Hi, I’m Dana Allen-Greil. For well over a decade, I have been lucky to work with some of the country’s most incredible organizations and projects—from the Smithsonian Institution to The Heart Truth® campaign. My expertise lies in crafting, implementing, and measuring digital initiatives that help organizations engage their constituents, demonstrate their value, and stay relevant in an ever-evolving communications environment. I know how to tell a great story across platforms, harness the power of technology for good, and sustain online conversations that motivate people to take action.
I am currently serving as Chief of the Web and Social Media Branch at the U. S. National Archives and Records Administration.
I most recently managed digital outreach initiatives at the National Gallery of Art in Washington, D.C. (2012-2015). I took on a newly created educational technology position and was thrilled at the opportunities to bring the nation’s cultural treasures to the people through the power of new media. For 8 seriously amazing years (2003-2011), I brought digital projects to life at the Smithsonian’s National Museum of American History. I worked with curators, educators, partners, board members, and a host of other experts and stakeholders to shape an online presence that brought the organization into the 21st century. While there, I initiated projects and led the strategic direction for many new media technologies including email newsletters, online fundraising platforms, websites, blogs, social media, and mobile platforms.
Working in museums means there is always something inspiring, challenging, or just plain weird to learn about.
I never thought I’d know so much about coins, voting machinery, segregation, polio, salsa music, or the flag that inspired the national anthem. Or that I’d get to work in the same building as a 920-pound Calder mobile and the only Leonardo da Vinci portrait in the Americas. It’s all in a day’s work when you’re employed by world-class museums and I feel very blessed to have been a part of it.
After graduating with a masters degree in museum studies from The George Washington University in 2007, I was thrilled to return a few years later to teach the only technology-centered course in the program, Museums and Technology (2010-2012). I currently teach graduate classes for Johns Hopkins University’s museum studies program, where I am able to share my expertise with the next generation of online communicators as well as learn and be inspired by students.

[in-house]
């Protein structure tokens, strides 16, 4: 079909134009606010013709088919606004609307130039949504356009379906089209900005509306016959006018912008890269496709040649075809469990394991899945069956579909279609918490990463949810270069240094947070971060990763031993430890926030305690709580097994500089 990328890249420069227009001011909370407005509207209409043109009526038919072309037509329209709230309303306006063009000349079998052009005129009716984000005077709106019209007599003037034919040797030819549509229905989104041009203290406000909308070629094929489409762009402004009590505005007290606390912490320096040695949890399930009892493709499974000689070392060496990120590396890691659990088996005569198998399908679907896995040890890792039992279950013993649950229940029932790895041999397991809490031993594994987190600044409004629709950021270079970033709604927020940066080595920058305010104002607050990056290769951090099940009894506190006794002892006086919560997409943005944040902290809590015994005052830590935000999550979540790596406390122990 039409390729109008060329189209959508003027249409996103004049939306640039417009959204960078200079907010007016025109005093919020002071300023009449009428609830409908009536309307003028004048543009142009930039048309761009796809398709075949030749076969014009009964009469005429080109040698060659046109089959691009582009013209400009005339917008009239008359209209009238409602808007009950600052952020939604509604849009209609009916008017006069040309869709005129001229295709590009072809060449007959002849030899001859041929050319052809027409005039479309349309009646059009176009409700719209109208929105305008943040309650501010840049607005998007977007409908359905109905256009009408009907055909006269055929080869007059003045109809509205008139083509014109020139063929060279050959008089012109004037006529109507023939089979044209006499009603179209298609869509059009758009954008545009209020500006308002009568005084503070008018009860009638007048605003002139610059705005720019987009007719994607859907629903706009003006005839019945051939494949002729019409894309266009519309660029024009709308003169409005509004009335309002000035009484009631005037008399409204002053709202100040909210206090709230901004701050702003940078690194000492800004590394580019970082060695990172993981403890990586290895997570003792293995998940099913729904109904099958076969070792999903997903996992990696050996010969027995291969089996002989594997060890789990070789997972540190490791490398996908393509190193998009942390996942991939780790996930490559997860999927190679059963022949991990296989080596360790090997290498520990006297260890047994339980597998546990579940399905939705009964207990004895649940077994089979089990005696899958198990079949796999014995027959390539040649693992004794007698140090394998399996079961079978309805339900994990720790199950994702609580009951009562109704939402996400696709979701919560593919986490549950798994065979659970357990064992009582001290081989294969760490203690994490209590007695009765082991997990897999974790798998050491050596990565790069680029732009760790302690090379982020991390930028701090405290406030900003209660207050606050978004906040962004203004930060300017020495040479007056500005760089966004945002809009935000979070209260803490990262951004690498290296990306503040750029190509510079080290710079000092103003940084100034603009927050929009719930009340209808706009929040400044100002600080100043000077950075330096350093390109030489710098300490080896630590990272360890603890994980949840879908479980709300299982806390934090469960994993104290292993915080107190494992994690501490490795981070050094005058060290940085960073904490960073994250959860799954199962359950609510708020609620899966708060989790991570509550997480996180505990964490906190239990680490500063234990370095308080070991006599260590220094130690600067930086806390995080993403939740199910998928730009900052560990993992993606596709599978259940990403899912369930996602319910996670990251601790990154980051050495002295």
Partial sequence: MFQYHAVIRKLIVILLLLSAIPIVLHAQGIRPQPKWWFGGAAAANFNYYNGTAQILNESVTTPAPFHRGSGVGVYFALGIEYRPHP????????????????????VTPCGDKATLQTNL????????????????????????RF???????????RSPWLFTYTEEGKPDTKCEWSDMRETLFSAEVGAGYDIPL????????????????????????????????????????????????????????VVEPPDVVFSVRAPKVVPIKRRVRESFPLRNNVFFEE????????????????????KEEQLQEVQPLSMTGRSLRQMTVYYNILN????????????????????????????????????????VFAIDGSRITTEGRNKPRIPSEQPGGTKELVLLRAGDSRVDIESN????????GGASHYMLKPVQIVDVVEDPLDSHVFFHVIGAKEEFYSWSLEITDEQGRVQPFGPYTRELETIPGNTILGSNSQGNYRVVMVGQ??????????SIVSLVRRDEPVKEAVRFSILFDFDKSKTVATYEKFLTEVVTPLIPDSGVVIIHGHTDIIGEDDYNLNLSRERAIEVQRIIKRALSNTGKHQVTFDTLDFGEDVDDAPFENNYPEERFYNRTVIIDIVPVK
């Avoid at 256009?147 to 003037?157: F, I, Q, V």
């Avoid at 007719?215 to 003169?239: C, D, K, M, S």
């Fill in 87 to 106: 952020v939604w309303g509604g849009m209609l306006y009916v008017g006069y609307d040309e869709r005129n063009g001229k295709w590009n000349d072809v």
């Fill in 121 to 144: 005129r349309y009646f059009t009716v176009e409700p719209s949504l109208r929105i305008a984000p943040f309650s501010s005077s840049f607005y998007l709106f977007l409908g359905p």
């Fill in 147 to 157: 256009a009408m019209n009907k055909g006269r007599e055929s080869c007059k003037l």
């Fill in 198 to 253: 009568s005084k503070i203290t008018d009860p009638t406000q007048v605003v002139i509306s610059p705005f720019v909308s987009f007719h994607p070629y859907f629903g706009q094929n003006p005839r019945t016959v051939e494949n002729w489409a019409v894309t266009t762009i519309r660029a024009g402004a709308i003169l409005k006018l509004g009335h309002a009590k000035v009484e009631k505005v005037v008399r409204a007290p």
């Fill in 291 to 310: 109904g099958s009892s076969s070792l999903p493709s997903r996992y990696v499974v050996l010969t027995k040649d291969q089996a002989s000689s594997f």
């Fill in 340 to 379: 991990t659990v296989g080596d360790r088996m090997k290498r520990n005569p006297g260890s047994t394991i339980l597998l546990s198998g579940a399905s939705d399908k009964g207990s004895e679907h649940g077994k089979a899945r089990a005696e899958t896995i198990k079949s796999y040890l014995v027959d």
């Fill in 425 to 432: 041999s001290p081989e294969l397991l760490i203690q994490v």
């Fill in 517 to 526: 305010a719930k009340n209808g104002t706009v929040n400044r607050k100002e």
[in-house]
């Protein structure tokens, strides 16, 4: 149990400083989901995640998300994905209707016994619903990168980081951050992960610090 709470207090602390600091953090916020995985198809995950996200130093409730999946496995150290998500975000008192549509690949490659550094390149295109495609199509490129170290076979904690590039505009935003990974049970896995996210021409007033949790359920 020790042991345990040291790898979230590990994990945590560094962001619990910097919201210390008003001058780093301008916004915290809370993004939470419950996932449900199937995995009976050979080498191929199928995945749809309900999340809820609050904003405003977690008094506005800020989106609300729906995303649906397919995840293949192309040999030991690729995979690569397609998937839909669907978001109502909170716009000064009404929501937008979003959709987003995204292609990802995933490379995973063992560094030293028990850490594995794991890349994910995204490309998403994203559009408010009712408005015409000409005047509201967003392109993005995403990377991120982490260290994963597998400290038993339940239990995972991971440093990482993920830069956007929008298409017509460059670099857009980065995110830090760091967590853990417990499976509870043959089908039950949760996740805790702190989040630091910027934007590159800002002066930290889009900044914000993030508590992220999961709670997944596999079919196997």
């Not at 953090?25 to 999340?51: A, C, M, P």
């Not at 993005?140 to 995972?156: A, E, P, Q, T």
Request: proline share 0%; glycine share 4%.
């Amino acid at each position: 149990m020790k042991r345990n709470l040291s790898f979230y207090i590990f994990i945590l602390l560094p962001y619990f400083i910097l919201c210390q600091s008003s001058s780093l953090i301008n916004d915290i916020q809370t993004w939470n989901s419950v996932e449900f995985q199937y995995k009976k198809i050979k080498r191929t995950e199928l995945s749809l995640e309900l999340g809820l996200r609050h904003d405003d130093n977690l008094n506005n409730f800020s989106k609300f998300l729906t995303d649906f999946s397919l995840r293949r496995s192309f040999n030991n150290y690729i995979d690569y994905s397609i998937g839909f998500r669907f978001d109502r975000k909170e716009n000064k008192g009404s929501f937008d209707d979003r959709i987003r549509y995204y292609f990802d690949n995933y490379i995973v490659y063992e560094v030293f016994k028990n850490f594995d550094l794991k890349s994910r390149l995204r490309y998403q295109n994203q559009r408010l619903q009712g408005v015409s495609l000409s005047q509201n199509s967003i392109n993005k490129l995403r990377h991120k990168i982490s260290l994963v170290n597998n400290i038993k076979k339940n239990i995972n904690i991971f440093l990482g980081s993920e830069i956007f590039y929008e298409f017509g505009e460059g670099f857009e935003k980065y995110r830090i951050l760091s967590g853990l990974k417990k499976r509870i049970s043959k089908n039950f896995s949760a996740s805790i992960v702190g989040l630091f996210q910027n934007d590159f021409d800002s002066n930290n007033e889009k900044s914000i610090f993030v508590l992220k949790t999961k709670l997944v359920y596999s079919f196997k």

I am active with the Museum Computer Network (currently on of the Board of Directors). I previously served (2013-2015) on the Editorial Advisory Board for the Exhibitionist journal (part of the National Association for Museum Exhibition) and helped manage social media outreach. I also served on the board of directors for my regional museum association, the Mid-Atlantic Association of Museums (2008-2011).
While I’ve worked with museums for the majority of my career, I also have spent significant time working with web technologies to improve public health. From 2000-2003, I was part of a team of innovators responsible for kaisernetwork.org (now Kaiser Health News), the Kaiser Family Foundation’s foray into cutting-edge health policy news. It was an exciting time to be leading the way on the web, balancing exploration of new technologies—like syndication (before the heyday of RSS) and live webcasting the International AIDS Conferences—with the need to tell a compelling and accurate story. My role at the foundation was to manage content and technical tasks for kaisernetwork.org and kff.org (the organization’s main website) as well as related products such as the popular Kaiser Daily Reports emails.
In all of my work, I endeavor to harness the power of digital technologies for social good.
I joined the social marketing practice at Ogilvy Public Relations for a short time (2011-2012), where I had the opportunity to learn from some of the most creative minds in the communications field. I developed social media strategies for major national education campaigns, including The Heart Truth®, which continues to break new ground in the fight against heart disease in women, as well as new initiatives such as the CDC’s Million Hearts™ initiative to prevent one million heart attacks and strokes. I was proud to work for the “Social Squared” team, renowned as the best at applying social media for social good.
Since 2010, I have volunteered my time for a small nonprofit, Education Fights AIDS International, whose work empowers youth affected by HIV and AIDS in Cameroon. I currently serve EFA as Vice Chair of the Board of Directors. As someone living with Type 1 diabetes, I’m also deeply interested in the quantified self movement and the ways self-tracking and other technology advances can empower patients to take their health into their own hands.
Life isn’t all about work, though, right? (Right?!?) When it’s time to play, I like to hang out with my best friend and my dog, cook up something new, curl up with a book, do silly things with my pals, or scheme up ways to go scuba diving somewhere warm. I have Type 1 diabetes which is challenging but also manageable thanks to modern medicine. I live in 90-year-old home in The People’s Republic of Takoma Park but one day I want to live in San Diego, the land of 74 degrees and sunny. And last but not least I am a new mom to baby Eleanor, which is more awesome (and more exhausting!) than I ever imagined it could be.